State of the art: Women call few of film's digital shots
By Mary Milliken
LOS ANGELES (Reuters) - It's too bad women can't computer-generate more of their own participation in the technical side of filmmaking.
Digital animation and visual effects are so widespread today that studios can end up using them in nearly every shot. Yet as the trend grows, women may be lagging behind even more in the digital arts than they are in the film and tech industries generally.
"It seems like the more technical the department, the fewer women there are," said Sunny Teich, 31, a technical director who has worked at Walt Disney Studios, Weta Digital and now is at a major visual effects house in Europe. Alongside dozens of men in technical roles in her department, she is the only woman.
In tracking women in the film industry, San Diego State University professor Martha Lauzen found this year that they were "dramatically underrepresented" as visual effects supervisors.
Among the top 250 grossing films in the United States in 2013, women accounted for 5 percent of such positions - below directors (6 percent), writers (10 percent) and producers (25 percent), according to Lauzen's study, "The Celluloid Ceiling."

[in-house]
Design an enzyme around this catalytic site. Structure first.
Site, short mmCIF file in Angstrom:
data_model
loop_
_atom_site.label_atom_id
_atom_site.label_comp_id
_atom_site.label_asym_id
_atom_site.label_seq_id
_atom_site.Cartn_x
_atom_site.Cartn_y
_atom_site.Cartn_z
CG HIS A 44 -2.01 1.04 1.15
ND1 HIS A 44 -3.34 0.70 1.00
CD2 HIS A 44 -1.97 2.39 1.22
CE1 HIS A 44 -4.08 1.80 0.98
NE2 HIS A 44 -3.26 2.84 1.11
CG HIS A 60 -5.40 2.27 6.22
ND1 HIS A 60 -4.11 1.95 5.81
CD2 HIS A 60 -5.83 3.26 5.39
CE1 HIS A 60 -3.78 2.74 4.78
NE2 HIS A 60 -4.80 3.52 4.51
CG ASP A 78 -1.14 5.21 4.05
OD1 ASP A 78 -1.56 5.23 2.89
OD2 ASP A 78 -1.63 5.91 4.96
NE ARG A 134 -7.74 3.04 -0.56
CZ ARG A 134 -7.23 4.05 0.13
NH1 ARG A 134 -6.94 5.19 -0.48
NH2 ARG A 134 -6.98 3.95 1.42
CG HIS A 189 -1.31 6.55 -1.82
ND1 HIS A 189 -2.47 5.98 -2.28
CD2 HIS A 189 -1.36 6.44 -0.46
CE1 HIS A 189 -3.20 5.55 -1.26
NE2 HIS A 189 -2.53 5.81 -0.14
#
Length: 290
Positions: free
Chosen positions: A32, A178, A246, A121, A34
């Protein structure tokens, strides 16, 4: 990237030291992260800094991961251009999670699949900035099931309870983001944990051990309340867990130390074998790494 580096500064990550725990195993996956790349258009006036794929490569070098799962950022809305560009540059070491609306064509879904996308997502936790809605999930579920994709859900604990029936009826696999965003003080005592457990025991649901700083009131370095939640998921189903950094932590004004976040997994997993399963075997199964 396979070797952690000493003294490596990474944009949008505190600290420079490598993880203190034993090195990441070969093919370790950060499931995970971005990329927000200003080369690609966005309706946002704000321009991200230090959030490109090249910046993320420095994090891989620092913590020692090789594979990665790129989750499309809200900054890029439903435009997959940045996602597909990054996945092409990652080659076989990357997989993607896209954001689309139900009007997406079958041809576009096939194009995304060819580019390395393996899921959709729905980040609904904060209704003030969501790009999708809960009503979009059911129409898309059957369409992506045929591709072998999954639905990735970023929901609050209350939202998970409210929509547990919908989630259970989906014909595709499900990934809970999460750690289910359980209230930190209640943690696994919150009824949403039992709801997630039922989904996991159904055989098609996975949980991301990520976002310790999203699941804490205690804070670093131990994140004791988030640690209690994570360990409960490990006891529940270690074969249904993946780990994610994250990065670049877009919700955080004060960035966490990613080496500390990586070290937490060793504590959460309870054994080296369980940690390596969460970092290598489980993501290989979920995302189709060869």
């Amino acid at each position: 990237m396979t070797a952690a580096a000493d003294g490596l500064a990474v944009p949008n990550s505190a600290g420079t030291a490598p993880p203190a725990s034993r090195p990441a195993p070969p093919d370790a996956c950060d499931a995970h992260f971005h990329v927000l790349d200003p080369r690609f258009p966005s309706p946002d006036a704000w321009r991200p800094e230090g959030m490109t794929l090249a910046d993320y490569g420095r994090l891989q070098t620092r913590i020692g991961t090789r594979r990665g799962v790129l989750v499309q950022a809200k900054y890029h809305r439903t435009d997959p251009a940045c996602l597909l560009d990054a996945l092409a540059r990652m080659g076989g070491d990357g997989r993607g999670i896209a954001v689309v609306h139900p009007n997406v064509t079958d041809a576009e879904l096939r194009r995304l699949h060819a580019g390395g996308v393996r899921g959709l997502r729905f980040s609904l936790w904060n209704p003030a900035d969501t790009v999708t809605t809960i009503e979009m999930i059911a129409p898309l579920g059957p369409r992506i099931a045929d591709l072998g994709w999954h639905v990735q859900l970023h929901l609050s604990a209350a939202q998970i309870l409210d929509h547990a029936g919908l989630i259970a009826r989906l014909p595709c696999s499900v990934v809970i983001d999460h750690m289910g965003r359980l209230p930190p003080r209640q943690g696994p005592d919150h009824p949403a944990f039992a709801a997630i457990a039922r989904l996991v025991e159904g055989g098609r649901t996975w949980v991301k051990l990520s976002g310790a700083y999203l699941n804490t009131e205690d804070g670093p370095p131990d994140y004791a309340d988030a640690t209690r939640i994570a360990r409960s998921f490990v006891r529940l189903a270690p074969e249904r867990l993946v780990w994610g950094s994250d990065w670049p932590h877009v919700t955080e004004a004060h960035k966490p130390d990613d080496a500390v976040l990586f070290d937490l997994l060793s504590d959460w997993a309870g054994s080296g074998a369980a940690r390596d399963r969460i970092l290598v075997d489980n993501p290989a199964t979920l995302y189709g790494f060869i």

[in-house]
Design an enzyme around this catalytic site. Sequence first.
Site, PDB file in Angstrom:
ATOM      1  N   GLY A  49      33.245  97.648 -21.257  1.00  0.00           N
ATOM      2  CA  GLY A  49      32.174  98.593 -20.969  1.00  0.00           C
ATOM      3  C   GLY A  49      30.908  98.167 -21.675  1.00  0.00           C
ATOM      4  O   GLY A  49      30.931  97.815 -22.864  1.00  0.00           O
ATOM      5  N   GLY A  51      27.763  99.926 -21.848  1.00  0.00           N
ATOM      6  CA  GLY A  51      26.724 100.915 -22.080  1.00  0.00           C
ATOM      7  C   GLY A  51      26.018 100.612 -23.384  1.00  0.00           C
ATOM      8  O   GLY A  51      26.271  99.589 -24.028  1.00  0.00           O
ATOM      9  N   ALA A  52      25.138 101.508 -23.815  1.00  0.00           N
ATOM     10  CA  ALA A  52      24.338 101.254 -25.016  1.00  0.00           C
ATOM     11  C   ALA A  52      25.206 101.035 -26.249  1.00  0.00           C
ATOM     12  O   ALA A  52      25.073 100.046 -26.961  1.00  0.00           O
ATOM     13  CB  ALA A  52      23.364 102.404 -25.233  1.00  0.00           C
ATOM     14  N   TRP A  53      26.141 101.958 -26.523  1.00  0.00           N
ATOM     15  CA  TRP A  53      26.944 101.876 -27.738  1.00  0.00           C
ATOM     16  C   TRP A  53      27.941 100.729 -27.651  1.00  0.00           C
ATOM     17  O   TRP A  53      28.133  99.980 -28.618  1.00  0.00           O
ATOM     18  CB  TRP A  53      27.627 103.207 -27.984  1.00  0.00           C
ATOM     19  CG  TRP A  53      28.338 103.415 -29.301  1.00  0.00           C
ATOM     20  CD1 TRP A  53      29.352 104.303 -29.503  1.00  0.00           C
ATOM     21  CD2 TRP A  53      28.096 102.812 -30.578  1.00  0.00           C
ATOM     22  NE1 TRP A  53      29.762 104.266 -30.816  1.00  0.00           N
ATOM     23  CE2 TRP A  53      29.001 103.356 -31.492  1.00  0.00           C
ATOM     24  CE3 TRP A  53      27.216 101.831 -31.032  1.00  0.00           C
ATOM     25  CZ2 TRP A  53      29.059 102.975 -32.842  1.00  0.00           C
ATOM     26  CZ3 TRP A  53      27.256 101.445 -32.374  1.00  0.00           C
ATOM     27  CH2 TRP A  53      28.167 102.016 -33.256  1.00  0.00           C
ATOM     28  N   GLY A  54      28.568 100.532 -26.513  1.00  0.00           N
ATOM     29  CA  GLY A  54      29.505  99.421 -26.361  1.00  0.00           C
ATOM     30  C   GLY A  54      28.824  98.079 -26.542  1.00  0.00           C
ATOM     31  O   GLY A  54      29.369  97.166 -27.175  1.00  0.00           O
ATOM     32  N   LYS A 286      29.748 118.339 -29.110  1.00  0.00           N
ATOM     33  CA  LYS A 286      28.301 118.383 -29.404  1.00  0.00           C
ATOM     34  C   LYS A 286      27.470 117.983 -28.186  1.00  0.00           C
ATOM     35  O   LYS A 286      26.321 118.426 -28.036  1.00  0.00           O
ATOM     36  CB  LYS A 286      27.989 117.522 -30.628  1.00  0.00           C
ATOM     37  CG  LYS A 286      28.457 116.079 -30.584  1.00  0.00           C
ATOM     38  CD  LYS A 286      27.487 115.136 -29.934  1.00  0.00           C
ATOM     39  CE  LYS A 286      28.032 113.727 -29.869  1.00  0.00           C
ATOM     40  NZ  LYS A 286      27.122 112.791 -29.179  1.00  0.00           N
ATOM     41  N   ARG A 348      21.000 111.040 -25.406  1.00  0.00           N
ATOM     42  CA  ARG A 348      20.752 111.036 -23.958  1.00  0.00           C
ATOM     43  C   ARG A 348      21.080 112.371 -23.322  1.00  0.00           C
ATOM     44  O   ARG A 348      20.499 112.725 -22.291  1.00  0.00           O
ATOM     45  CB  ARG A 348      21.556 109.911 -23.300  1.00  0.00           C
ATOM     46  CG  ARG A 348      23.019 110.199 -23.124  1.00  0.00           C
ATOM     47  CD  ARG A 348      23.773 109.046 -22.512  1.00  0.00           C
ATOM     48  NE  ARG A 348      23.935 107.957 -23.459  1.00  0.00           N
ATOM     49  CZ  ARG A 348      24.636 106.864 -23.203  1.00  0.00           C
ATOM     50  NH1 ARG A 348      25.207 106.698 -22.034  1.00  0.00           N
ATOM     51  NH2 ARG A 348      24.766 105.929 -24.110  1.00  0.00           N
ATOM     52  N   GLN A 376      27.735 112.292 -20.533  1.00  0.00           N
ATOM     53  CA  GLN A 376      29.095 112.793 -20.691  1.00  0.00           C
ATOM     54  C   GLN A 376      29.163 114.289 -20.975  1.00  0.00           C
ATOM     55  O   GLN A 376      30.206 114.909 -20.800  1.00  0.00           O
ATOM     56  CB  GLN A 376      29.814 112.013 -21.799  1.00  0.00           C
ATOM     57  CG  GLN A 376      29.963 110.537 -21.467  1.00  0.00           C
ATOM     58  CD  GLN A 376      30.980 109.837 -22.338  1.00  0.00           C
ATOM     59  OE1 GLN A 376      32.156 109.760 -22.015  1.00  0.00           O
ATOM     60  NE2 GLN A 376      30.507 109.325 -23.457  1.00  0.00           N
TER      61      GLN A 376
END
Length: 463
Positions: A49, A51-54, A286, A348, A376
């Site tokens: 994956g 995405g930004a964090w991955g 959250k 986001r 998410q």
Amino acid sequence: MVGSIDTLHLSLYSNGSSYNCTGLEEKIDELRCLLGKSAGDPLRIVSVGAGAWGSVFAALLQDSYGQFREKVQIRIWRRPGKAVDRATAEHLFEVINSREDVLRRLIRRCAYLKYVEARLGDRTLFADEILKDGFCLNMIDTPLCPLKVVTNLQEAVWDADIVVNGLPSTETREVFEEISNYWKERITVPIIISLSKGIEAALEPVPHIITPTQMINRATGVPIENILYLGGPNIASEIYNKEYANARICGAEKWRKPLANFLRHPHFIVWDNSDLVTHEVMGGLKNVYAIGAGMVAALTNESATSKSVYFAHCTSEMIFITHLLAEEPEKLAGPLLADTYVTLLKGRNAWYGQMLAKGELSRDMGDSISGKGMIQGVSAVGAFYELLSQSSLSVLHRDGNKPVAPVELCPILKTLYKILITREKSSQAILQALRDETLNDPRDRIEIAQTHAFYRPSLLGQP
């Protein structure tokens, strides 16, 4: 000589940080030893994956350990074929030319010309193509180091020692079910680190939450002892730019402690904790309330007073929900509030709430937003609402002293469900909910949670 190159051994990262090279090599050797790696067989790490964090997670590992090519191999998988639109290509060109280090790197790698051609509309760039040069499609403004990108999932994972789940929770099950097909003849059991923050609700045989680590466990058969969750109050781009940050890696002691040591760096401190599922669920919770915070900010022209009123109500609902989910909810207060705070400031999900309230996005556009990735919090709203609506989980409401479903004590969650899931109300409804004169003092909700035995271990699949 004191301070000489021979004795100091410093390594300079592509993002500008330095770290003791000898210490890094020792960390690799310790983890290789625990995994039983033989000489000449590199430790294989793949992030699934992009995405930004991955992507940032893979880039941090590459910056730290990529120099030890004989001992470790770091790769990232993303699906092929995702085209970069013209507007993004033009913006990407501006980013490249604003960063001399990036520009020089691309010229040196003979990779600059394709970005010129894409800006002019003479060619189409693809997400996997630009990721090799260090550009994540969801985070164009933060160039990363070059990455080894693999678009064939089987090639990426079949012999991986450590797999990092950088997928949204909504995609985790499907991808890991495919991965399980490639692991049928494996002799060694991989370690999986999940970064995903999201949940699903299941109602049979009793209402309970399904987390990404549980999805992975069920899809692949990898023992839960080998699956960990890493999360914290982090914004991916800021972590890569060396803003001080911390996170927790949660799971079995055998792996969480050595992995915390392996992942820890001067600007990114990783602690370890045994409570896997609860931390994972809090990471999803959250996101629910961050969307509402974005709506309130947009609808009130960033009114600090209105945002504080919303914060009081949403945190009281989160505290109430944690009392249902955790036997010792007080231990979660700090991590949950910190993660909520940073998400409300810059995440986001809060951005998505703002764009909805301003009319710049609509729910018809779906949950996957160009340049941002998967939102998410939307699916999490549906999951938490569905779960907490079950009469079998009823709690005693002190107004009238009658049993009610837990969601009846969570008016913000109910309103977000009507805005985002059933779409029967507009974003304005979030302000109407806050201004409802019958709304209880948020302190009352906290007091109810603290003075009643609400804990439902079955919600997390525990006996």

Being a supervisor means more than calling the shots; it is key to winning the industry's top awards.
All 52 people honored this year at the Scientific and Technical Awards from the Academy of Motion Picture Arts and Sciences were men. The Academy's Visual Effects branch has 322 active members, and while it won't say how many are women, a Los Angeles Times investigation from 2012 put the number at 3 percent; their membership in the Academy overall is 23 percent.
"It is getting better, but it is hard to tell," said Michael Fink, an Academy member who won a visual effects Oscar in 2008 and is now chair of film and television production at the University of Southern California's School of Cinematic Arts. Continued...